My only boy.
My sweet, sensitive, scrutinizing, speculative, skillfully smart boy.
When Bennett was born, so many people assumed that because we already had five girls, we were “chasing the boy” and now that we “finally got him,” we “must be so relieved” and “would surely be done, right?” Truth be told, every single one of my kids was thought about beforehand and planned. Mollie happened earlier than we thought she would, but she was definitely planned. Lizzie, Ben and Mary, the last three were no different, and we never found out the sex for any of them. All seven were mysteries until the moment the doctor or midwife said, “It’s a …!”
I don’t deny that I was thrilled to have a boy. It was definitely a surprise and a change. But I’ll be honest, at that point with five girls roughly 10 years apart in age, a new house and kids beginning swimming, it would have been less expensive to have another girl. I already had the clothes. I already had the room design. I already had the sheets. The blankets. The onesies. The stroller. The toys. Even the diapers. Everything already conveniently “girlified.” To assume that I’d kept having kids “to get that boy,” was sort of ridiculous. But it was nice to buy the plaid, the khaki, the button downs and the bucks for a change because for some reason, kids’ apparel manufacturers labor under the assumption that every girl likes pink and sequins, preferably together and in vast quantities.
Not only did I already have the goods for girls, but I already had the mindset. The drama. The ups and downs (you know the ones, the ones that begin around age 9 and happen for no good reason).
Girls and boys are so very different. Nowhere else is this apparent than in my house.
Girls don’t typically (notice I said typically, because I have learned not to generalize) sit for hours and watch how a wheel spins on a truck. Girls don’t typically make blow up noises when anything they can put their hands on can be crushed together.
On the other hand, girls aren’t often given the easy way out, either.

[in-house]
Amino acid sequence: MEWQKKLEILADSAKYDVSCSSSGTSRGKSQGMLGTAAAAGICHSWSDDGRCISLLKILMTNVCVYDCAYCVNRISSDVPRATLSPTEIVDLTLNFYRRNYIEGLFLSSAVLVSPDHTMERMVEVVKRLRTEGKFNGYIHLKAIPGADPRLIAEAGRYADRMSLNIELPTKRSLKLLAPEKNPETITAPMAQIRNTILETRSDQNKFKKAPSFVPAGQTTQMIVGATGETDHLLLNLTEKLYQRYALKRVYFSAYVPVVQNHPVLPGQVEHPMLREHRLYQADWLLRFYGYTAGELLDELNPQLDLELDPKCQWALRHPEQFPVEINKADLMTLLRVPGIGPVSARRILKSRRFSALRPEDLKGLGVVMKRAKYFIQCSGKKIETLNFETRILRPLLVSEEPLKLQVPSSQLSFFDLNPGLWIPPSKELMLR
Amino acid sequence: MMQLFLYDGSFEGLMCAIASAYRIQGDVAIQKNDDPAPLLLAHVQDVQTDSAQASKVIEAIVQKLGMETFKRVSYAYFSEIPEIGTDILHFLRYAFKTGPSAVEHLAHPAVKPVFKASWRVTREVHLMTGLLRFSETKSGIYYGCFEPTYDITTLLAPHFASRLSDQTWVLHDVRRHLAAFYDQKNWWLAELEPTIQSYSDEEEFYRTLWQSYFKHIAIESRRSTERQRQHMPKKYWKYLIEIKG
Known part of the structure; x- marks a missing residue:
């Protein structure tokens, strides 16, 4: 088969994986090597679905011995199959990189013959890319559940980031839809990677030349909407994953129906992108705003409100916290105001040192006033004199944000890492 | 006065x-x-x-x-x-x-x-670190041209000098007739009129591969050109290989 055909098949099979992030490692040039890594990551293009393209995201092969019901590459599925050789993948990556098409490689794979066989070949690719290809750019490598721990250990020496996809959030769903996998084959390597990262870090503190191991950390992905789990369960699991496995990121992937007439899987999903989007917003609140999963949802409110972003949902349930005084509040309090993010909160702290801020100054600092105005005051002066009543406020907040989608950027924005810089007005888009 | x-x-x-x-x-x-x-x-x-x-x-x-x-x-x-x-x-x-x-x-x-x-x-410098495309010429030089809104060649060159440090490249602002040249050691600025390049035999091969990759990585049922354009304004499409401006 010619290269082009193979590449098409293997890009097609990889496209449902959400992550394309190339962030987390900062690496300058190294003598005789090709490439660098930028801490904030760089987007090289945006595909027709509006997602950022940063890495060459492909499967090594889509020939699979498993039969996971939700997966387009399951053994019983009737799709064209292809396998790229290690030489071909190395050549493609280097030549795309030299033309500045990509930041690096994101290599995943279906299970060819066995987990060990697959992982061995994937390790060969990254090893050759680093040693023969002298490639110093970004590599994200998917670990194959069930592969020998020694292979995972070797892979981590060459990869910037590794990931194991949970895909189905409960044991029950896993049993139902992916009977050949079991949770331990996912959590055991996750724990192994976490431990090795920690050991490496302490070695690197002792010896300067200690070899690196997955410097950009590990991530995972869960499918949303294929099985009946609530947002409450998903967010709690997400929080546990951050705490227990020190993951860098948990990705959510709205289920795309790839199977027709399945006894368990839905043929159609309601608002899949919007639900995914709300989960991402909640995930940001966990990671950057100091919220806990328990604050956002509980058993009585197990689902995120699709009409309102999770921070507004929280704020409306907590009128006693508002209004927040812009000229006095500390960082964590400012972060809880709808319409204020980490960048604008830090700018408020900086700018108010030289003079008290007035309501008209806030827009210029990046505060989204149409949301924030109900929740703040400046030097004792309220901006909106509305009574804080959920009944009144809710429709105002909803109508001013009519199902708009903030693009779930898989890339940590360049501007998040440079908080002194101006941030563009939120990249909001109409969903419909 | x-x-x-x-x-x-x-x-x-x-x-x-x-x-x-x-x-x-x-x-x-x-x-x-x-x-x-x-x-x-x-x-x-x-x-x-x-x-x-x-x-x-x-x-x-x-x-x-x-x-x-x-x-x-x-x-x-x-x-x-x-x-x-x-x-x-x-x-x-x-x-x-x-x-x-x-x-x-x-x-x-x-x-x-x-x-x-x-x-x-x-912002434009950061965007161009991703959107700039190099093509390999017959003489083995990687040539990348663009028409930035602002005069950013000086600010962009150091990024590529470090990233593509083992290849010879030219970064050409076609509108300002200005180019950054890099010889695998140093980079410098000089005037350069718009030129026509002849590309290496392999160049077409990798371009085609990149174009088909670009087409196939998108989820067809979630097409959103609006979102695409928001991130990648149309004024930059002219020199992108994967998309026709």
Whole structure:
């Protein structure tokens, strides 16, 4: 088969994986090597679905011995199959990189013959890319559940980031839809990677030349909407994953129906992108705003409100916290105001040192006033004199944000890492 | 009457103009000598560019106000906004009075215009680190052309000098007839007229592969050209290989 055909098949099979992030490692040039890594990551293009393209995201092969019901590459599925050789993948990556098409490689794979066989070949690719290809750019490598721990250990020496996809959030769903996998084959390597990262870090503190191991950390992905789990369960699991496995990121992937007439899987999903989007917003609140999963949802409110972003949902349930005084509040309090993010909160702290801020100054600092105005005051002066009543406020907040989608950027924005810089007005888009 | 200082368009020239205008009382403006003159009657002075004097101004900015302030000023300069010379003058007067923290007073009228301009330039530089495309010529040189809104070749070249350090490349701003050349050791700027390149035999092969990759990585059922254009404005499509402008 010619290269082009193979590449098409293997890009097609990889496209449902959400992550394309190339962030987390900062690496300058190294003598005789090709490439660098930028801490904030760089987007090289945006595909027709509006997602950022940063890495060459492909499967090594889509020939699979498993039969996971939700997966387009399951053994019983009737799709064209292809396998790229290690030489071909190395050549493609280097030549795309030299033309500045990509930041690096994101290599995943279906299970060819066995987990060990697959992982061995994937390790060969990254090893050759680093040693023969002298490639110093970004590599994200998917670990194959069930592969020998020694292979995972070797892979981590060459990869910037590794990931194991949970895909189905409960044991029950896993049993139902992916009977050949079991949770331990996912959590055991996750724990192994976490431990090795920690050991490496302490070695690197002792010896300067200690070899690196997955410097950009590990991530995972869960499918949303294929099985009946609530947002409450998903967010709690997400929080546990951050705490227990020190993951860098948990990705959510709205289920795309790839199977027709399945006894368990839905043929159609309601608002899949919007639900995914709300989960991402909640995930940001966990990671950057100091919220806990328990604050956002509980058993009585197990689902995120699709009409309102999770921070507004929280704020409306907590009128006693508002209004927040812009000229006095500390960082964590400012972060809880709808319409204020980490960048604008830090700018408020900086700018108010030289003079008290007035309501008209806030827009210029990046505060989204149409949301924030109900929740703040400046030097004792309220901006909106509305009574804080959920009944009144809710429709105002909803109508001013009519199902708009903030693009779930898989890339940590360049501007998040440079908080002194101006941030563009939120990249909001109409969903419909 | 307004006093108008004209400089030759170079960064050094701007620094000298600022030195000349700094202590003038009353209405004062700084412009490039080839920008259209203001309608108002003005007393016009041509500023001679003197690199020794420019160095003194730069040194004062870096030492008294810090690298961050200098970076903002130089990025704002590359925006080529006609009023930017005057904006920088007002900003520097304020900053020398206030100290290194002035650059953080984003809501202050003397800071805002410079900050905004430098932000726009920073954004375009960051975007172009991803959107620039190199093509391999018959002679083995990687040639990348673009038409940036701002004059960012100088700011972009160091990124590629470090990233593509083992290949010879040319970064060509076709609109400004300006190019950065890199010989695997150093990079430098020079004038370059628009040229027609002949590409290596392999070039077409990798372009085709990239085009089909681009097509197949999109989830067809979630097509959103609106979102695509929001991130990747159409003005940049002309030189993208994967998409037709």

For example: Ben has almost perfect, and by perfect, I mean perfect handwriting.
“Wow, that’s really good for a boy!”
Ben used to not like to read books for long periods of time, preferring the instant information gathering from the iPad (as though being a boy singles him out for this type of behavior).
“Oh, well … he’s a boy.”
“Yeah, well … he’s a boy.”
I didn’t realize until I had a boy that we (and I am using the “royal we”) have different standards.
Girls are expected to write beautifully, read for hours and hours, be kind and gracious, nice to their siblings. Somehow, “boys will be boys” has entered in to our lexicon, become the norm and used to explain away when boys don’t do these normal, basic things.
Bennett has been given no more rope than the girls. He is expected to clean dishes, learn how to wash clothes, mop and or sweep the kitchen floor, learn how to fold clothes, learn how to cook, be sweet and kind to the animals, and in general learn how to be a gracious, functioning and lovely human being. The bar remains the same for all the kids. He has the added advantage of having 6 sisters however, and therefore is exposed to way more than the average male. As a result, he has learned to tune certain stuff out. He has also learned to react without thinking (although that could just be because he’s 8). I joke that he is sometimes more dramatic than all six girls put together. The advantage though will for sure play out later in life. It is my hope that he will one day become the very best husband because he will know and understand what girls go through. How they think. How they react.
Of course this could work in reverse as he could also be the very worst sort of husband. The kind that tunes out and ignores. Shuts down in the face of drama.
Herein is my challenge.